# How to interpret UniProt allele patterns?

In creating a parser for the UniProt flat file uniprot_sprot.dat (directory) in the manual for the comments POLYMORPHISM there are listed patterns for alleles, e.g. for 1A11_HUMAN is

The following alleles of A-11 are known:
A*11:01 (A-11E), A*11:02 (A-11K), A*11:03, A*11:04, A*11:05 and A*11:07.

I tried searching for a description of the patterns using the words allele and/or polymorphism and found nothing.

• How are the allele patterns to be interpreted?
• Is there a search term to be used when looking for the patterns?
• Also, is there an official repository of the alleles?

The answer does not have to explain the specifics of the example given.

Example of explanation of other allele pattern from here

This explanation of the patterns doesn't explain the part of the pattern in UniProt like (A-11E).

## 1 Answer

These are cytotoxic T-cell HLA alleles. HLA genotyping is very common and easy to do, so Genbank is the repository.

A*11:01 has very high frequency in Aborigine populations here . You can explore the population genetics and the past, present and current population genetics distributions per population of HLA at http://www.allelefrequencies.net/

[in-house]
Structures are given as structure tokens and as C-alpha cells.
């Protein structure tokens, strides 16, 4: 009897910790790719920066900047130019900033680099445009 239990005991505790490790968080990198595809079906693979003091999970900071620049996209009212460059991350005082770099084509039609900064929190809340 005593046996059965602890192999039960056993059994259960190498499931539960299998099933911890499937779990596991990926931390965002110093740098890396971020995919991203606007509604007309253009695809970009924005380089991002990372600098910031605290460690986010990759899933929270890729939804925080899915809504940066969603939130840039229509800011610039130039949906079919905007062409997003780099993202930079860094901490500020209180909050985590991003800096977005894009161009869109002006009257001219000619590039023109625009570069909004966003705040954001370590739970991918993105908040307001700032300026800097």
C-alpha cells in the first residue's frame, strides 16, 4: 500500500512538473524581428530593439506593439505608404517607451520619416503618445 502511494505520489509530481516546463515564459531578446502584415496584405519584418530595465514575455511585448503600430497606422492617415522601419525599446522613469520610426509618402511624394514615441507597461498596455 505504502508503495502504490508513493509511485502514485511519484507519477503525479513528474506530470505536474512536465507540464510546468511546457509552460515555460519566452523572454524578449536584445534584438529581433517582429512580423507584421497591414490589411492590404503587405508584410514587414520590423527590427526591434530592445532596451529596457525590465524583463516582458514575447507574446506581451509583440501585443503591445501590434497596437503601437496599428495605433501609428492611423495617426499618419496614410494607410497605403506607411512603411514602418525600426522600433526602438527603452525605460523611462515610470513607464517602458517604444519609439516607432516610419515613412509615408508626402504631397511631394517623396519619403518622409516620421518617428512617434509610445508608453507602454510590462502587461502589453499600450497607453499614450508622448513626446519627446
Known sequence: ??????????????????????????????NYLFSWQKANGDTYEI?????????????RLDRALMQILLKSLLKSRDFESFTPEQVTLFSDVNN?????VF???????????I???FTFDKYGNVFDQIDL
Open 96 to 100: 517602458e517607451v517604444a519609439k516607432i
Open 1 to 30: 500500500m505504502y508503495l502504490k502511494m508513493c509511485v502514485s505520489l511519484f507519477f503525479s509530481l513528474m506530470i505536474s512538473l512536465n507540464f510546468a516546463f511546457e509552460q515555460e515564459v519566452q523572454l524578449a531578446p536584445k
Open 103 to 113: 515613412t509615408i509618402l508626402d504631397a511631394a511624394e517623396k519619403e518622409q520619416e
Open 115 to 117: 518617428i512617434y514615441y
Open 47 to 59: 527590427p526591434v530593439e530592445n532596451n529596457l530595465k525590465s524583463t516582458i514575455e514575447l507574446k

• Thanks. I gave it an up-vote, but I don't see how this answers my main question of How are the allele patterns to be interpreted? Also my background is in computer programming, so please don't take for granted I have knowledge on the bioinformatic information. :) Mar 19 '19 at 14:14
• Thanks, I would look at whether these alleles cluster geographically. Secondly, the diseases which induce high HLA*11: alleles
– M__
Mar 19 '19 at 14:42
• My goal is to try and parse the allele patterns further than what they currently are (strings of characters) so that the parser can validate that they are correct. Without the pattern the only way to verify them would be to check each one against an database. Even then the allele might be correct but not in the database. With a pattern there is a second means of validating the allele. Mar 19 '19 at 14:47
• HLA alleles should have been extensively characterised. I have a colleague that types this stuff alot, but I tend to avoid it ( complicated ethics applications)
– M__
Mar 19 '19 at 22:44